Saplings is the story of a family living in England just before or at the start of World War II. From all outward appearances the family is successful and generally happy. The children are lively and the parents love each other. There is a nanny and a governess to look after the children. When we meet the four children they are enjoying a vacation on the beach. Saplings focuses primarily on the effects of war on children and domestic middle-class life.
The story is billed as a look at the psychological effects that war time can have on a family, particularly on children. I was surprised though that the story didn’t particularly seem to be about the war, sure there were some inconveniences which I suppose that during this time were devastating such as managing rations, nervously anticipating air raids, families being separated from their fathers, and parents choosing to send their children out of London. But what I found to have the most profound effect on the children was their home life separate of the war. Early in the book it is obvious that the children are a bit distanced from their mother, causing some anxiety especially among the youngest girl. At the threat of war the children are sent to live with grandparents in the country or with various relatives. They are often away from each other and from their mother. I could never figure out the exact reason they should not always be with her. Their mother did not fit into the expected social role of a mother. She preferred to enjoy nights out and to lavish her husband with affection. At times it seemed that she viewed the children as little dolls that she could use to entertain herself and then put back after she tired. So, it did not seem that the war was so much to blame for the children’s experiences, the war and accompanying effects just seemed to irritate the unstable mother. I suppose I will never know but I sometimes thought that the children would not have had to suffer as much had their mother chosen to compromise her desires some so that her children could spend time with her and with each other. I also felt that the tone of the book when describing the mother’s decisions was a bit judgmental. This could also be why I struggled with my thoughts on her lackadaisical parenting. I’m still pondering.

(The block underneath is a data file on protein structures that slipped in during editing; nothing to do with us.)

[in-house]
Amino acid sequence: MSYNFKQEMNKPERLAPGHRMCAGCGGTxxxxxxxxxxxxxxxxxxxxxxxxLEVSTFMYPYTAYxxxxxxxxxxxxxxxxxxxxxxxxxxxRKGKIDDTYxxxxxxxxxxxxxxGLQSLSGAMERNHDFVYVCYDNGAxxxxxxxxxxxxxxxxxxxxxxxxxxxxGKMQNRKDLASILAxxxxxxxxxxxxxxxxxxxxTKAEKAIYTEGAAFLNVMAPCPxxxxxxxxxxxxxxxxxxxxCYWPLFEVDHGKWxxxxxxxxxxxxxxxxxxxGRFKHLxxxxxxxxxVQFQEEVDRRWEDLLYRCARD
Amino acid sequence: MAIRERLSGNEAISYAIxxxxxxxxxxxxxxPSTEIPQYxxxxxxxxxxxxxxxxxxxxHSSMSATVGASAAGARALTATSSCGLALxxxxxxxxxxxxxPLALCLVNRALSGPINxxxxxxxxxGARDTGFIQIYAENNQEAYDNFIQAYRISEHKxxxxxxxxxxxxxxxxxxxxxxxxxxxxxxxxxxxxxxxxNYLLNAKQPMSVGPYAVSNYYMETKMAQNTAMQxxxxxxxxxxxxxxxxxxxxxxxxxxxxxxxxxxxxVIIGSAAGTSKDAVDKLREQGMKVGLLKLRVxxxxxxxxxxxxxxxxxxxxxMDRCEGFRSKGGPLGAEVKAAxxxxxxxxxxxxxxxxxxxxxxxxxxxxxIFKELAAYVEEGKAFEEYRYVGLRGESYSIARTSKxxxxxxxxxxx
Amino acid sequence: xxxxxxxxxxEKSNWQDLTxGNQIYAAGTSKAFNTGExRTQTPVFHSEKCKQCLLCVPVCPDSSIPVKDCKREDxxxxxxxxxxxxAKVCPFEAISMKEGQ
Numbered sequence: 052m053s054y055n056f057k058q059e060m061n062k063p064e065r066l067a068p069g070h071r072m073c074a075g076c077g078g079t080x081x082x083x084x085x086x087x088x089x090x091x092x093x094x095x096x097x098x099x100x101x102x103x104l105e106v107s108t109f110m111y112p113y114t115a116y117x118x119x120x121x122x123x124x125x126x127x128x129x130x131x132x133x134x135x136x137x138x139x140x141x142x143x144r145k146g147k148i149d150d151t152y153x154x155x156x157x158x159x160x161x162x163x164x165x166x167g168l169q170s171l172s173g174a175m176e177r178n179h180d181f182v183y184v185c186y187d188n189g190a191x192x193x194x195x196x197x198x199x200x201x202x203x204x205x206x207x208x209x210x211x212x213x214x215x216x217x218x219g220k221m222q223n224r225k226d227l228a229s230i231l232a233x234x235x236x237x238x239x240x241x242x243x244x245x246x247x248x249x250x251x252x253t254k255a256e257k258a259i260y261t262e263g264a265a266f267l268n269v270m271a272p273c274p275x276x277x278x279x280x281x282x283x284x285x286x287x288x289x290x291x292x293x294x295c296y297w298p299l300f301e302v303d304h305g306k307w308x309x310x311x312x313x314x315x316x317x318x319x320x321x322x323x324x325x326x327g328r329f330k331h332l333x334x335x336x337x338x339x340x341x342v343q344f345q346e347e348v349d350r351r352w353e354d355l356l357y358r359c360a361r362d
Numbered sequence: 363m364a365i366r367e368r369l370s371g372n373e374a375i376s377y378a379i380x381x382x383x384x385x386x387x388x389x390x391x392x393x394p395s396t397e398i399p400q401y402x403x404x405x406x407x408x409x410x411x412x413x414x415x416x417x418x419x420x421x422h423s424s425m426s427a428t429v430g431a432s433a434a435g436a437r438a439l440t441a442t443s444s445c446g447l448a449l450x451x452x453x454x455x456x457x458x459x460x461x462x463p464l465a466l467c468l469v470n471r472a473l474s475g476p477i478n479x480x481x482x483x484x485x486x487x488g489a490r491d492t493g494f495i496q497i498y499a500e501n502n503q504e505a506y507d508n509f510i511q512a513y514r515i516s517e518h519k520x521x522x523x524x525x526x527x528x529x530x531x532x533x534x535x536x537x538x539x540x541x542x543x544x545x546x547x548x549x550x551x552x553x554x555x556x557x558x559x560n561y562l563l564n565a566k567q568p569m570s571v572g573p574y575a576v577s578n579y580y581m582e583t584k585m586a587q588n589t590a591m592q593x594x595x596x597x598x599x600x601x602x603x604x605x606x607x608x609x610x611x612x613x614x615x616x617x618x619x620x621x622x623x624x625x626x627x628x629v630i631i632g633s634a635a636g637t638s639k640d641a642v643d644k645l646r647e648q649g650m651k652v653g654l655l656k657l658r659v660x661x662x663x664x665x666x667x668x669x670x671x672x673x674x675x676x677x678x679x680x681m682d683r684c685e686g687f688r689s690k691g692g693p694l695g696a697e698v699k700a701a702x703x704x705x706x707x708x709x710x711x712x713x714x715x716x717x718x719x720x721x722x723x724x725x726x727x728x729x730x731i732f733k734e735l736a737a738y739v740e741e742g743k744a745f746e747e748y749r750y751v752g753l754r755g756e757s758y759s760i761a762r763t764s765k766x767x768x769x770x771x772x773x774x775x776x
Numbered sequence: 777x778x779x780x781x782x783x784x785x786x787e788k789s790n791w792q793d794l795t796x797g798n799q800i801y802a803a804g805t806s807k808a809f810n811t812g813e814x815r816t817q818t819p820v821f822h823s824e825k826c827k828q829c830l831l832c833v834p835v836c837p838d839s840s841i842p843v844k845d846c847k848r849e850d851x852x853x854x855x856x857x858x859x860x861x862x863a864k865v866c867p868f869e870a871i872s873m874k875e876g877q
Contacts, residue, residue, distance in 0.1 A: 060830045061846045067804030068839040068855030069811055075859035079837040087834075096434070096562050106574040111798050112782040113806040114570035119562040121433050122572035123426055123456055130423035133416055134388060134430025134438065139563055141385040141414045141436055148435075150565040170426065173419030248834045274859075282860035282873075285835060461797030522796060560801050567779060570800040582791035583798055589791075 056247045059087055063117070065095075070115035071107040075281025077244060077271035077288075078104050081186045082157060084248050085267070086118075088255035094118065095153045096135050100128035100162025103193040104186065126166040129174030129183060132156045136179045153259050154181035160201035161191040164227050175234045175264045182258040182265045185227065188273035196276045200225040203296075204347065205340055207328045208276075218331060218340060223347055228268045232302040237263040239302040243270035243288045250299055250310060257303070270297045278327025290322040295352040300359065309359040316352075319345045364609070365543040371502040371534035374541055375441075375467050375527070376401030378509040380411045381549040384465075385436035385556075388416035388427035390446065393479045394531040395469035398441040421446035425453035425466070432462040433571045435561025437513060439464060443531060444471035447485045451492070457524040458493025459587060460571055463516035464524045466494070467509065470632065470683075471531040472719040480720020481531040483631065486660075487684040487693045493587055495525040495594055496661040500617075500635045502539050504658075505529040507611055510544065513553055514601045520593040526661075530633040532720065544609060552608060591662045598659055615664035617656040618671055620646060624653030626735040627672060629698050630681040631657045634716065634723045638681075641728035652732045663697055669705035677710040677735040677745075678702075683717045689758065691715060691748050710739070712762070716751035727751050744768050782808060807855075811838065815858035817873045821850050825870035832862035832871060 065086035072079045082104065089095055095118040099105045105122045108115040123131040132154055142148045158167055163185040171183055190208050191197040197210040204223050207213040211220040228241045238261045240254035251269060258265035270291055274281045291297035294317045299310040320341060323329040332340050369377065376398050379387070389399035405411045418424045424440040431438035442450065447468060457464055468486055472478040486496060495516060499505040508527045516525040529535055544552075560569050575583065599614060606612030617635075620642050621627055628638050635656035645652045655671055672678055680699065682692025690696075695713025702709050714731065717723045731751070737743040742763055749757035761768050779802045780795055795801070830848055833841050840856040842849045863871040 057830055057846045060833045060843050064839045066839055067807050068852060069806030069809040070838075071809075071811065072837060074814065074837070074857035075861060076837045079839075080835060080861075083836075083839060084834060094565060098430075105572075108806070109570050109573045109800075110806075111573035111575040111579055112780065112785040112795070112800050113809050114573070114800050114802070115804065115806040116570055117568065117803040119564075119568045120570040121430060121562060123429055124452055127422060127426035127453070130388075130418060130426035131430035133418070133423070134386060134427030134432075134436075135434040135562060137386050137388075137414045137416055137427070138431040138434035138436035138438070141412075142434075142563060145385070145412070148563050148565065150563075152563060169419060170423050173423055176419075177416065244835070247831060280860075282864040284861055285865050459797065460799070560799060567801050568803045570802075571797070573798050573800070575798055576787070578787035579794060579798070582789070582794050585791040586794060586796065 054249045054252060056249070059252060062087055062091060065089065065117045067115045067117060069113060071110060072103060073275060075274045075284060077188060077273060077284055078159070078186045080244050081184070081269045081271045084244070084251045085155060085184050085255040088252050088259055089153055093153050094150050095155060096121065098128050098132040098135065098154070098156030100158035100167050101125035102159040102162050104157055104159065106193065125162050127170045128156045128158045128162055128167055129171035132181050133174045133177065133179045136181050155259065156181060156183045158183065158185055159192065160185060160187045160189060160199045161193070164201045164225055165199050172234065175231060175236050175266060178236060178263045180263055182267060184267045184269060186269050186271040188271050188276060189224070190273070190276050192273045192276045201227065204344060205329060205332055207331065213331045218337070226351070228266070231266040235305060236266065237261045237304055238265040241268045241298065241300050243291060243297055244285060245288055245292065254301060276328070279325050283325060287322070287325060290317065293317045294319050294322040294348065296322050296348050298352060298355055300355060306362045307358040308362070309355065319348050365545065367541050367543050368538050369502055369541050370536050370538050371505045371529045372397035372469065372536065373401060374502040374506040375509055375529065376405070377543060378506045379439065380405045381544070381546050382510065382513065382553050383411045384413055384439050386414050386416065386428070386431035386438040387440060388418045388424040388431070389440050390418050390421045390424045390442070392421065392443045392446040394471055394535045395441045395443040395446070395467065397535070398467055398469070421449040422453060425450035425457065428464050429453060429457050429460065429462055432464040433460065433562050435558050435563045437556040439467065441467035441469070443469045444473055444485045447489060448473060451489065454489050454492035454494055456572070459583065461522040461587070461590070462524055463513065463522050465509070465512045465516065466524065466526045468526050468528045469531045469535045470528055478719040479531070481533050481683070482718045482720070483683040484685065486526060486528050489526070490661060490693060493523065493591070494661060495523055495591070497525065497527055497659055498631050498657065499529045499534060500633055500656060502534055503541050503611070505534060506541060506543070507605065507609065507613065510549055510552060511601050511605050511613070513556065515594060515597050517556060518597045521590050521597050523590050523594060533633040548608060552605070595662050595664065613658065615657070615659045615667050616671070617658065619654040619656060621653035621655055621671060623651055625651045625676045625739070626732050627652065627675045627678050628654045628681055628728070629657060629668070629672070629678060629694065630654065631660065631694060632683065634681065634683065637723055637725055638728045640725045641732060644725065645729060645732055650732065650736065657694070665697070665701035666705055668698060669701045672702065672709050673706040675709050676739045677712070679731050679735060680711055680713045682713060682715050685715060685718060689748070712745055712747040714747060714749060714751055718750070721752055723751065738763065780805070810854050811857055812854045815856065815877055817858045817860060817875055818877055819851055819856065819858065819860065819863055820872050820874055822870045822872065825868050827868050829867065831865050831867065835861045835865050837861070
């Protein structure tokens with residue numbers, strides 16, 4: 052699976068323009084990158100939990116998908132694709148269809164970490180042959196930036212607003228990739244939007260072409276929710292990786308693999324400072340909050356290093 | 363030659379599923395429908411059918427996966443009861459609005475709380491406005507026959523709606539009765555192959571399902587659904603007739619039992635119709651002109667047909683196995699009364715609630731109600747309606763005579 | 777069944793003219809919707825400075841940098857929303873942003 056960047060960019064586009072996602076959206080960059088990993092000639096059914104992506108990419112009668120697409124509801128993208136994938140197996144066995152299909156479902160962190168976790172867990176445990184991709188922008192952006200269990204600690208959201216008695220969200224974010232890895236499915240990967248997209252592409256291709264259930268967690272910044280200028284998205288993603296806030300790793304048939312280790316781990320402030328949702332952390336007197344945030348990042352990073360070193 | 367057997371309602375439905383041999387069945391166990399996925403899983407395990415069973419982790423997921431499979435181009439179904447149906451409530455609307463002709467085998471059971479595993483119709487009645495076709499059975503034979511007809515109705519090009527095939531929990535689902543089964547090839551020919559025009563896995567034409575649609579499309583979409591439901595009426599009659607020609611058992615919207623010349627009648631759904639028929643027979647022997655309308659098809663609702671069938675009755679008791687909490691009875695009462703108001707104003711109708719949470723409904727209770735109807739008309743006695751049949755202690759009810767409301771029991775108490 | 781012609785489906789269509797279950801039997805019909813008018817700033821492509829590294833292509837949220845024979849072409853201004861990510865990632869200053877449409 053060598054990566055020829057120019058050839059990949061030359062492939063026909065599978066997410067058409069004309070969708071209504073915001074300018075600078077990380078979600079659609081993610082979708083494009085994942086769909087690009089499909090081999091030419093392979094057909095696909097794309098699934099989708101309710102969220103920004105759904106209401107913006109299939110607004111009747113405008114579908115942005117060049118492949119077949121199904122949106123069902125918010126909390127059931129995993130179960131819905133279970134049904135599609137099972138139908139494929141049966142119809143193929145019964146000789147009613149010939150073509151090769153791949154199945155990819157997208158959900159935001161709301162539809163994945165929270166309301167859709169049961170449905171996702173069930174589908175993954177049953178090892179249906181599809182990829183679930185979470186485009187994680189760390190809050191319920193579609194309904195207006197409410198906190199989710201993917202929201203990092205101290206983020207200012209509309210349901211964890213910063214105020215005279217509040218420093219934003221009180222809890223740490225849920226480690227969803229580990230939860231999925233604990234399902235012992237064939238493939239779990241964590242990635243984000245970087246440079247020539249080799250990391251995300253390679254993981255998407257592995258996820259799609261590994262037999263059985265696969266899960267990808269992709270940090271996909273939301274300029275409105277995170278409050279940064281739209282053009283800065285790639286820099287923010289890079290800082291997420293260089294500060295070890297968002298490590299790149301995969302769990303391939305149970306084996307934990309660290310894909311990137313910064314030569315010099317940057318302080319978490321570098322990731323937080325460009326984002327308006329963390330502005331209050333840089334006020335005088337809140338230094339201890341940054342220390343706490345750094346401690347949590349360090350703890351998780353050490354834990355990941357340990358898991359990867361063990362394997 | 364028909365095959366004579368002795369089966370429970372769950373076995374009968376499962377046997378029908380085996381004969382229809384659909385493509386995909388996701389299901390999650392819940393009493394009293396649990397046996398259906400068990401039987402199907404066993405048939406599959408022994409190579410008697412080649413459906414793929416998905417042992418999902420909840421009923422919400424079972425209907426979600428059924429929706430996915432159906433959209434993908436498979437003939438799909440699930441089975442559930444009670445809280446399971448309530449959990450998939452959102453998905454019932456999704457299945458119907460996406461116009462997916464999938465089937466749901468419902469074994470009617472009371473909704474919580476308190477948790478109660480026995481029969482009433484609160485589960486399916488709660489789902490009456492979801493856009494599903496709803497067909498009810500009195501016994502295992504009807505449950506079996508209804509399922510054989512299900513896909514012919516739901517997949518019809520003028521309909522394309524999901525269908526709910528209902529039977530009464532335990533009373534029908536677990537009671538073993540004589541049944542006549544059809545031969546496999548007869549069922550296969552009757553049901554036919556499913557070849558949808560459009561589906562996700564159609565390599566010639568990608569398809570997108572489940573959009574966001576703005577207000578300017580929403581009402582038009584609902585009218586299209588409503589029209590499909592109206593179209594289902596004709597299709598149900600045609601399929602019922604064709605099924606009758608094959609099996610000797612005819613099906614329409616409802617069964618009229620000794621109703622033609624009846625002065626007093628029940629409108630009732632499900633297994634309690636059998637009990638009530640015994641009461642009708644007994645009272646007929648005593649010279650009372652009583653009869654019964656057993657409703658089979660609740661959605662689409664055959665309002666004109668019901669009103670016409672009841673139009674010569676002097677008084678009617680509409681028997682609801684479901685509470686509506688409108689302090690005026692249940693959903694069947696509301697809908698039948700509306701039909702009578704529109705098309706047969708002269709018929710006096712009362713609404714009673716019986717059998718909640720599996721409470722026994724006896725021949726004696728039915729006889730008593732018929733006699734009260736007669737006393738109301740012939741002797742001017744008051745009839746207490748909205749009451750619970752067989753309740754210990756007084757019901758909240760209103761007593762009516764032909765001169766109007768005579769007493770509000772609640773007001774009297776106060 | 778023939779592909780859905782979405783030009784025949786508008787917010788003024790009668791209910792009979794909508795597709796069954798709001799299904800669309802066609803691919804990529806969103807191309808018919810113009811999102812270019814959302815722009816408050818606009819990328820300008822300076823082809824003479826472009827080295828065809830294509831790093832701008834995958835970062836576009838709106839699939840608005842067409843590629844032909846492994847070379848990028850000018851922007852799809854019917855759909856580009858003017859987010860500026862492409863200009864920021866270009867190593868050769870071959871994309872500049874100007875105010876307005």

I read this a few weeks ago and it has been tumbling around in my thoughts. I enjoyed it, but I found it a bit difficult to write about. It makes me want to read more about domestic life during war. We always study dates, important military men, and battle outcomes but we seldom look at the everyday minutia that occurred at home.
He wanted to be a family man, bless him. The children were darlings, but she was not a family woman, she was utterly wife, and, if it came to that, a mistress too, and she meant to go on being just those things. It didn’t matter giving in to him occasionally, letting him be all father. When they were alone she would brush that away and have him where she wanted him.